UCU Recruitment Leaflet

UCL UCU is running a recruitment drive at UCL student union’s Welcome Fair, and PGWA activists created a leaflet to help explain the case for joining the union to postgraduate students. Feel free to adapt it to use on your own campus – just don’t forget to change the logos and specific details!

You can find the leaflet on our Resources page, along with other useful materials.

Posted in Uncategorized | Leave a comment

New Publication on the Postgraduate Workers Association by Jamie Woodcock and Luke Evans

The struggle of postgraduates is taking place against the backdrop of far-reaching changes in higher education. One of these changes is the increasing tendency to push the burden of teaching onto postgraduates. This is the result of two factors. Firstly, and perhaps most obviously, postgraduate labour is much cheaper. Secondly, it forms a part of the neoliberal agenda to generally drive down wages and conditions of lecturers. This is part of a process of opening up universities to the market and making them more attractive for privatisation. The attacks on lecturers’ pensions are an important component of this. This highlights the potential risks of management playing postgraduate teachers off against lecturers, using them to undermine lecturers’ attempts to fight back. There is an important difference in that many postgraduates who teach hope to continue on to lecture and so standing with lecturers can be seen as safeguarding future conditions. However this is certainly not automatic: Read more here

Posted in Uncategorized | Leave a comment

Beating unpaid internships at UCL

PGWA will post accounts of the experiences of students and workers in campaigning and organising here so that we can share and learn from each other. If you want to share your experiences in relevant campaigns and lessons you think can be learned from them, please email postgraduate.worker [at] gmail.com

A UCL-based activist and PGWA supporter explains how staff and students forced the withdrawal of advertisements for unpaid research positions. These are the opinions of the writer and do not necessarily reflect the positions of UCL UCU, UCLU student union, the PGWA, or other individuals involved in the campaign described.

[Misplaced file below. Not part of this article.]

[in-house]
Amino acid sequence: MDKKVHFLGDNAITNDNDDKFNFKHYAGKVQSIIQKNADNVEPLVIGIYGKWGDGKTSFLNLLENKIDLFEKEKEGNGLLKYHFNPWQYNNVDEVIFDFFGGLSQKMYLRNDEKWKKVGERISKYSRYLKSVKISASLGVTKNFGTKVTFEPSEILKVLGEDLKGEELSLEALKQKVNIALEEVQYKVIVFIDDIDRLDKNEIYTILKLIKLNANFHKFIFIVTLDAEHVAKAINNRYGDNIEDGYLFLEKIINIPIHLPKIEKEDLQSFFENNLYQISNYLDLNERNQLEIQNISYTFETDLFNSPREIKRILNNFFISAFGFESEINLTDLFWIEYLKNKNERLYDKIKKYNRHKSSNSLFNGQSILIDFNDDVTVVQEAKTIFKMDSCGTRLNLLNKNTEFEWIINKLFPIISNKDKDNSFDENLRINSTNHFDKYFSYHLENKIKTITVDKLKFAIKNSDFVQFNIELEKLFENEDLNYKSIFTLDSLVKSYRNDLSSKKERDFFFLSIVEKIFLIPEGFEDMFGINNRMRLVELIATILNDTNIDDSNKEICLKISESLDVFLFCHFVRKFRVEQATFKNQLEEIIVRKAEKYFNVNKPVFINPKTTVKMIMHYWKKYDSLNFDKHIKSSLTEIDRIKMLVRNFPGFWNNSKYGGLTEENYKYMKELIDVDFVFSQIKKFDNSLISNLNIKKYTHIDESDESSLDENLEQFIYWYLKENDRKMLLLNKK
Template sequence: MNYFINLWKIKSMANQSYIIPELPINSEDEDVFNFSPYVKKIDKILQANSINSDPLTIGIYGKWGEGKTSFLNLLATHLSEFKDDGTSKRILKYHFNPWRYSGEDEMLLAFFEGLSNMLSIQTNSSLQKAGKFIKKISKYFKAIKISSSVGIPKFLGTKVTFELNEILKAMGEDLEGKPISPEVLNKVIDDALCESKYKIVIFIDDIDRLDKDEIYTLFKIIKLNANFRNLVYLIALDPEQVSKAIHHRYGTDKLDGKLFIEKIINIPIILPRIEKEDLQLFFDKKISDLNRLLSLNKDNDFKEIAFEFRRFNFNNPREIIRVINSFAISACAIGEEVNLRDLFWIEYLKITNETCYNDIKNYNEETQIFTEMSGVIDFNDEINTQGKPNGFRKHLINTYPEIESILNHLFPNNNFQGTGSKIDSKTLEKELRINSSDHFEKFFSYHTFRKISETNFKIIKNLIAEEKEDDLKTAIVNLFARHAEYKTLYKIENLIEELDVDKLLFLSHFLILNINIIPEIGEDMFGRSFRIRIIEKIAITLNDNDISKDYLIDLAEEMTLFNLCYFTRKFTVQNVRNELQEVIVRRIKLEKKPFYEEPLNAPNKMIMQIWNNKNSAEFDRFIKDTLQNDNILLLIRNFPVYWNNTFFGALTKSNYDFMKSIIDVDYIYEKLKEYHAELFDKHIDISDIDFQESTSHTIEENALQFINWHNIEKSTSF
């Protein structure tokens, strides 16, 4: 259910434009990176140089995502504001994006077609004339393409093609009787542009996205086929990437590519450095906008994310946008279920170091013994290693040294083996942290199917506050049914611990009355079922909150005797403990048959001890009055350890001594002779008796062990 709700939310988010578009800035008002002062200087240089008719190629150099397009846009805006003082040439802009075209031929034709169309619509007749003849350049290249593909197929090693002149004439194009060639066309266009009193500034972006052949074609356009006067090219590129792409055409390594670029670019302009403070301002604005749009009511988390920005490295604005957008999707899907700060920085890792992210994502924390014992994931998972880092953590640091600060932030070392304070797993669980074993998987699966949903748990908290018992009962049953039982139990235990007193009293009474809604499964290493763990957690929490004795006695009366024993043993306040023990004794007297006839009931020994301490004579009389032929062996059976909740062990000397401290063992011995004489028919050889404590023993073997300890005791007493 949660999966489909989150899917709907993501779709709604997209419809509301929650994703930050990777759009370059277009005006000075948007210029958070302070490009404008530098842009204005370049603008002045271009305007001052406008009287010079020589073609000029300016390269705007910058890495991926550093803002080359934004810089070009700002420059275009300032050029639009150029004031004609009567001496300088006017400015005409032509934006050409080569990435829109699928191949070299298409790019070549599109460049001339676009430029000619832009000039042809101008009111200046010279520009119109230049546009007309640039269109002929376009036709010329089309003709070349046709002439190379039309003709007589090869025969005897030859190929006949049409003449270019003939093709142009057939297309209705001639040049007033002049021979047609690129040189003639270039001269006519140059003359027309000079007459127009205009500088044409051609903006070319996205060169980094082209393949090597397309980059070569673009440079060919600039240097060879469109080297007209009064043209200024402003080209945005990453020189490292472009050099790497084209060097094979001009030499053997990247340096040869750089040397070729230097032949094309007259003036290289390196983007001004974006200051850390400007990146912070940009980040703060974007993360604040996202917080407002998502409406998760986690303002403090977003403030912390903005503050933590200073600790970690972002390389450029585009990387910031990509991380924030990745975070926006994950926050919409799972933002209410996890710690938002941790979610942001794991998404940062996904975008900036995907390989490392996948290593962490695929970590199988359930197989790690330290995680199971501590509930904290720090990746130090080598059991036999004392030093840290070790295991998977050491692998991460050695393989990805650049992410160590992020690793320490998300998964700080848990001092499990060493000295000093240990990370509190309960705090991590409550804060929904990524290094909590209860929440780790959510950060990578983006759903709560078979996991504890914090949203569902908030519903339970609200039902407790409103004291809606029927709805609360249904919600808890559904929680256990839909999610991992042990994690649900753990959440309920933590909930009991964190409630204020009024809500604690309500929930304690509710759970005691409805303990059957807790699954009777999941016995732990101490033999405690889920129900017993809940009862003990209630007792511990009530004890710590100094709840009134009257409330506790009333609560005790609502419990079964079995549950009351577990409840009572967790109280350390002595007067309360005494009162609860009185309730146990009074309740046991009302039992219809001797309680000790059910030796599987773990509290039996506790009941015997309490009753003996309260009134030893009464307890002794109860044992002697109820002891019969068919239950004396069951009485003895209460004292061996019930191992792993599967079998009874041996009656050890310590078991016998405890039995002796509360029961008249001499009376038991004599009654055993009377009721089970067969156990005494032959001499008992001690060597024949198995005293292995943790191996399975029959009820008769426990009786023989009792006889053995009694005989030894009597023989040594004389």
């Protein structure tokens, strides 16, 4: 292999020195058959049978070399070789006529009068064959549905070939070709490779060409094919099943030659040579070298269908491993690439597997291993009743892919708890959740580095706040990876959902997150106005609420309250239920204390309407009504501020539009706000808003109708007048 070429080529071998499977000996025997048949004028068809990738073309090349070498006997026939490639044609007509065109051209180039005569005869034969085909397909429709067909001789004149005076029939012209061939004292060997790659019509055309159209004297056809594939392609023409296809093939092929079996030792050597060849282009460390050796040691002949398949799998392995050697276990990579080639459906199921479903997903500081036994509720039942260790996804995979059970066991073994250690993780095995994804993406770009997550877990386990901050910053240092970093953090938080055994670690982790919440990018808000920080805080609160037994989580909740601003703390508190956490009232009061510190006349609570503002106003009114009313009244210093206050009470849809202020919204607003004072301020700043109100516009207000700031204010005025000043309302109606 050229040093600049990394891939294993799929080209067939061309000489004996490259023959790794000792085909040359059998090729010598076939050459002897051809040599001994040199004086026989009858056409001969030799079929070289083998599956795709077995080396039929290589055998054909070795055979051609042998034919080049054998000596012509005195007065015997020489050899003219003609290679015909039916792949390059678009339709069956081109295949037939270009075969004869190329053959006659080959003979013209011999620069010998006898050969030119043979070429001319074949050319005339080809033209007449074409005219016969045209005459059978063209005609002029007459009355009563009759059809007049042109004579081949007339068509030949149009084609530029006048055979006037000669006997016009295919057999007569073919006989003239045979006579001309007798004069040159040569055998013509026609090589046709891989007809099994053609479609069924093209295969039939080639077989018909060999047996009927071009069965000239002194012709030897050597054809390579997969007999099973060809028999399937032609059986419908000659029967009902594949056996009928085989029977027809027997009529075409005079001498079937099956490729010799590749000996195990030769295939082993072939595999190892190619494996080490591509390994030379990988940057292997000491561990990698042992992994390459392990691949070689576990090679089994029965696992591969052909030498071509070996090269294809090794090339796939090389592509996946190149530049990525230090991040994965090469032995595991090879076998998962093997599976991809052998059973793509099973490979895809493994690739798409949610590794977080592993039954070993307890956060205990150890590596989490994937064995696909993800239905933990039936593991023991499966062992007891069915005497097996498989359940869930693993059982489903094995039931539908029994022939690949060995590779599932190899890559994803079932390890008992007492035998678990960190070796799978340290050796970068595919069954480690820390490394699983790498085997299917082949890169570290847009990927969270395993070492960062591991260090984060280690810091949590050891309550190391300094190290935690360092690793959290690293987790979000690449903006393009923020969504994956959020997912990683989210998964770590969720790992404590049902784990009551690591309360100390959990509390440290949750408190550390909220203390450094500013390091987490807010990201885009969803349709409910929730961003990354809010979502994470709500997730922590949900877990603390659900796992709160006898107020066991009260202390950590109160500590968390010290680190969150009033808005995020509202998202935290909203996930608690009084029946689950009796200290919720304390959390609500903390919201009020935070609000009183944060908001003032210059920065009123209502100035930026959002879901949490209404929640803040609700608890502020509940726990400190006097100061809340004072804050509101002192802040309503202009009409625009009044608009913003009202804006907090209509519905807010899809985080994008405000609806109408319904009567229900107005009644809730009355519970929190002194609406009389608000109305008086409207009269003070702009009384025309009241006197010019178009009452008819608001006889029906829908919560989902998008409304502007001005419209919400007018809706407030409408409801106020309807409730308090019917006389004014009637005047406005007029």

We were first alerted in late July 2012 to an advertisement for a number of unpaid internships working on a clinical research project with the Anna Freud Centre, an institution associated with UCL. The internships were based at UCL, and were part- or full-time, lasting 6 months. They were targeted at graduates or current students of first degrees in psychology and associated disciplines. The adverts clearly described full-on jobs with specific and serious responsibilities, involving skilled scientific work and direct contact with human patients/subjects. The advert was subsequently taken down, but was preserved on Ben Goldacre’s blog.

Our first step, as activists in the UCL UCU branch and the student union, was to draft a public statement, and post it on the UCU branch facebook account as a note inviting signatories. We posted it with UCU branch officers and student union officers as the first signatories. The statement explained our reasons for opposing the internships, including:

  • The exploitative nature of offering unpaid work “opportunities” to early career researchers desperate to improve their CVs in competitive times of high unemployment and poor job prospects
  • That relying on unpaid and underpaid labour legitimises and hides the continued underfunding of vital research
  • That because only more privileged individuals can afford to work for nothing for months at a time (usually those with families both able and willing to support them to do so), the practice perpetuates and exacerbates the disproportionate dominance in research careers. Not only of individuals from richer socioeconomic backgrounds, but also of white, heterosexual, able-bodied cis men. As well as being discriminatory, this ultimately harms research as a whole by restricting the perspectives and experiences of those contributing.

The statement ending by calling on UCL and the Anna Freud Centre to withdraw the posts, re-advertise them with appropriate salary, and publicly promise to forego the use of unpaid internships in the future. We invited supporters to sign by commenting on the post or by emailing an anonymous email address we had set up for this purpose. We also posted the email addresses of the Provost (Vice-Chancellor) of UCL and the head of the Anna Freud Centre, and invited supporters to politely message them about the issue.